Meet our 2024 NMA-ANU Summer Scholars

Meet our 2024 NMA-ANU Summer Scholars
Thursday 1 February 2024

2024 marks the second year for the NMA-ANU Summer Scholars Program, organised in a partnership between the National Museum of Australia and the ANU Humanities Research Centre.

This year, two scholars have been busy working across the ANU and NMA with their supervisors on projects relating to the NMA collections. Alma Aylmore, from the University of Queensland and Pippa Herden from the University of Sydney are now past the halfway point of their 6 week stay in Canberra. We caught up with them to hear about their progress and experience so far.

Alma Aylmore

Alma is currently enrolled in the first year of a Masters of Museum Studies and a Graduate Diploma in Art History at the University of Queensland.

Alma has an undergraduate background in Anthropology and a special interest in communal and social heritage, embodiment, and critical theory. In 2020, Alma's Honours thesis, “I wonder if they want us to kill ourselves: Transgender Agency, and the power implications of do-it-yourself transition” received the University of Queensland’s Donald Tugby Anthropology Honours Prize for the highest overall Honours mark.

Alma's current research project is entitled, Metaphors of Queer Reinscription: Negotiated Boundaries and Narrative Disruption in the Museum Context. Initially proposing the broader objective of identifying queer narratives within the museum’s collections, Alma found this to be less simple than anticipated, "In lieu of objects directly tied to queer and LGBT+ narratives, my project has pivoted to discussing the practical implications of applying a queer interpretative lens to objects and ephemera that may not possess a readily apparent queer association. This approach has enabled me to engage with interesting items and problems relevant to the museum as a footstep to discourse surrounding Museum practices and responsibilities. Specifically, the instrumental role of Museum Institutions as institutes that construct social narrative and collective memory."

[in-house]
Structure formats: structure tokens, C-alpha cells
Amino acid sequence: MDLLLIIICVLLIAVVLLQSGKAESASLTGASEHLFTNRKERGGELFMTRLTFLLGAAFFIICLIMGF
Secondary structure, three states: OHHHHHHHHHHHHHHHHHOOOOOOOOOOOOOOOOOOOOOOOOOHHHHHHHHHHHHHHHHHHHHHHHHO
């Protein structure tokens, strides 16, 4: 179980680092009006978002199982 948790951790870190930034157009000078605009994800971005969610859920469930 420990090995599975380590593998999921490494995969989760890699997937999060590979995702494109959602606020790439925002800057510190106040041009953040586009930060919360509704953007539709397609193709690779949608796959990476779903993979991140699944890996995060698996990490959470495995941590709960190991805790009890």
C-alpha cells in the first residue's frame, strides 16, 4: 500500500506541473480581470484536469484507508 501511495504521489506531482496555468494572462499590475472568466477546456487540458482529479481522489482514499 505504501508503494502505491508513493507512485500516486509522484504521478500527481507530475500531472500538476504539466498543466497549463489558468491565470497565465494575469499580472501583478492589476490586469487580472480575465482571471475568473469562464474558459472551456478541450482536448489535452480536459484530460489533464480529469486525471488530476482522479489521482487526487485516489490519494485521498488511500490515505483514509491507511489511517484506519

The Summer Scholars have been working with curators and the collections at the National Museum of Australia, giving them an 'inside' look at the workings of the museum. Alma says, "This program has melted my prior cynical assumptions of how museum institutions function, and demonstrated to me the heterogeneity and diversity of voices within the museum, and convinced me of the empathy, care, and consideration the individual people that operate the museum attempt to bring to their practices. Previously, I had thought of the Museum as an abstracted, homogenous, static or slow to move...but the NMA is more autonomous, more mobile, more self-directed, and if its senior curators are any indication, more transgressive than I expected."

As for the experience of being in Canberra for the first time, Alma has been determined to find the essence of the city. "What I’ve discovered is this: If such [an essence] exists, it isn’t in the built-up and urbanised areas of the city, it’s in the country the city has paved over. It’s in Mt Ainslie and in Galambary, black mountain, its in the country the Ngunnawal and Ngambri people. By recognising this before any other experience of Canberra and the campus at ANU, I have come to appreciate Canberra for its peacefulness, its clean air, and its gentle summer."